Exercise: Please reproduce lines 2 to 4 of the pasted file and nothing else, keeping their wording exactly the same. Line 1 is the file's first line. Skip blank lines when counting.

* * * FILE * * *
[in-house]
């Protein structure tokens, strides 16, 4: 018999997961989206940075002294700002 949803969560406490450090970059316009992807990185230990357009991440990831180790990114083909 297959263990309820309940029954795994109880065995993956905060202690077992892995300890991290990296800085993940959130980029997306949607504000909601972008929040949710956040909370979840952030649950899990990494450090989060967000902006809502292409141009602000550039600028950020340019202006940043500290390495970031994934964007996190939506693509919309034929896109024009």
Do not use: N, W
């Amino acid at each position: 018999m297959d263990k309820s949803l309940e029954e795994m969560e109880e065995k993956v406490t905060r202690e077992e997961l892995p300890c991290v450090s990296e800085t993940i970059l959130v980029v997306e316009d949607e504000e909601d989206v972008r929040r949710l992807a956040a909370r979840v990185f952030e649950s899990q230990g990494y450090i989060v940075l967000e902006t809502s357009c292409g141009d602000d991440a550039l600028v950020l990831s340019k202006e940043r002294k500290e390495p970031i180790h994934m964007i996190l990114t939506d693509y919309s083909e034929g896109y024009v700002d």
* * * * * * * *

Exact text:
């Protein structure tokens, strides 16, 4: 018999997961989206940075002294700002 949803969560406490450090970059316009992807990185230990357009991440990831180790990114083909 297959263990309820309940029954795994109880065995993956905060202690077992892995300890991290990296800085993940959130980029997306949607504000909601972008929040949710956040909370979840952030649950899990990494450090989060967000902006809502292409141009602000550039600028950020340019202006940043500290390495970031994934964007996190939506693509919309034929896109024009």
Do not use: N, W
């Amino acid at each position: 018999m297959d263990k309820s949803l309940e029954e795994m969560e109880e065995k993956v406490t905060r202690e077992e997961l892995p300890c991290v450090s990296e800085t993940i970059l959130v980029v997306e316009d949607e504000e909601d989206v972008r929040r949710l992807a956040a909370r979840v990185f952030e649950s899990q230990g990494y450090i989060v940075l967000e902006t809502s357009c292409g141009d602000d991440a550039l600028v950020l990831s340019k202006e940043r002294k500290e390495p970031i180790h994934m964007i996190l990114t939506d693509y919309s083909e034929g896109y024009v700002d």